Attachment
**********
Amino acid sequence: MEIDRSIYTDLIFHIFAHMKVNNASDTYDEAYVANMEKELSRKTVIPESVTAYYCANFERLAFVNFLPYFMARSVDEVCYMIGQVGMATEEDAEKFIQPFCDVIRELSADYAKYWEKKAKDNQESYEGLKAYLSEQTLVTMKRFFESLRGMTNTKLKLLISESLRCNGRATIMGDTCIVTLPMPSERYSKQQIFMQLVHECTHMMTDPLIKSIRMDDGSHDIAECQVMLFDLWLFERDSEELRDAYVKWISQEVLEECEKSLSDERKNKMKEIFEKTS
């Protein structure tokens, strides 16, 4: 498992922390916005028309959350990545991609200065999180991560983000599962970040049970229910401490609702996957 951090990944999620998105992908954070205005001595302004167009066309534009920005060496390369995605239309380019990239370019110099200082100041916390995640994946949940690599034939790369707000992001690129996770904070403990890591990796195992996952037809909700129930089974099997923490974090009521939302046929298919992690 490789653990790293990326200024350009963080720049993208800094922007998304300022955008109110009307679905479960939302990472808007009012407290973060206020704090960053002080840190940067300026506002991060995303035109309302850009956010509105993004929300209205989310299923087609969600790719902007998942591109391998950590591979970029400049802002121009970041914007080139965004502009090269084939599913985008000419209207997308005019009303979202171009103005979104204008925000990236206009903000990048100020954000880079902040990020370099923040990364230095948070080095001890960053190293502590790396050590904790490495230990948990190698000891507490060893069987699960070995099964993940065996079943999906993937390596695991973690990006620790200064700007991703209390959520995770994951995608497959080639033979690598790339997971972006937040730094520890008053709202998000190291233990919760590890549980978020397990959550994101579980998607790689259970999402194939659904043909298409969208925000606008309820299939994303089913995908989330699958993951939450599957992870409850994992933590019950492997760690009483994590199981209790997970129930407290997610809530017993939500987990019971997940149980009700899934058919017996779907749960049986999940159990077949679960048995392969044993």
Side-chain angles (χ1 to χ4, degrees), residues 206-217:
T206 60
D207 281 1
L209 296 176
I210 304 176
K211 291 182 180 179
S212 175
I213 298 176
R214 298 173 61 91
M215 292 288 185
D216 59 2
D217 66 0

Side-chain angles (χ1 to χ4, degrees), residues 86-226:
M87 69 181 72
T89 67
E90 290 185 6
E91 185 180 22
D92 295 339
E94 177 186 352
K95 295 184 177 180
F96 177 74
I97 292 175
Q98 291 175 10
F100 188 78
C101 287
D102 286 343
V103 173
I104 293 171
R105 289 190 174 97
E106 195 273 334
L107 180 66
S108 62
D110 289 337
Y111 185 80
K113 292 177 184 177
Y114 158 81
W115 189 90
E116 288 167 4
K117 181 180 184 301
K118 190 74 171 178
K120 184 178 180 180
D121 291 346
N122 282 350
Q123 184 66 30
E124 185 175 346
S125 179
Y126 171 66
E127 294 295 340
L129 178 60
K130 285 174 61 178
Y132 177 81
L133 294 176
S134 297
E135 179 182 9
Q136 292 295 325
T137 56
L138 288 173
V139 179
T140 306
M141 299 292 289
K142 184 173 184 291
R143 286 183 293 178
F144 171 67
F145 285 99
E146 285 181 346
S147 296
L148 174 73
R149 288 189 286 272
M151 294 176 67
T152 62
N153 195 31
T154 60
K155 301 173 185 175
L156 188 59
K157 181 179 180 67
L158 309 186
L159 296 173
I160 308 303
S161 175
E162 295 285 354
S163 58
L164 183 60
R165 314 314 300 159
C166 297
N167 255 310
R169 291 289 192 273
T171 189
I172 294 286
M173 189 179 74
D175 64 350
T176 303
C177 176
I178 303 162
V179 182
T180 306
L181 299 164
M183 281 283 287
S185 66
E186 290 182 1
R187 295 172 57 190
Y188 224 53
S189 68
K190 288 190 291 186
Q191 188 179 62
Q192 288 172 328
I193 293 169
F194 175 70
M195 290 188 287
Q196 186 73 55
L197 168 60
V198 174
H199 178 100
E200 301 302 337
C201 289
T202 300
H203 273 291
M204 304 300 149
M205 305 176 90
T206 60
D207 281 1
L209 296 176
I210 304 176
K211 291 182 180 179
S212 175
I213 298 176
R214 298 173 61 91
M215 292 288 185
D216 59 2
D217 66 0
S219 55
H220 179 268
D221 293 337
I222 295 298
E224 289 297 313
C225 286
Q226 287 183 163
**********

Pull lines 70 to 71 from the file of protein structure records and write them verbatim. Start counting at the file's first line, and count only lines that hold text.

R149 288 189 286 272
M151 294 176 67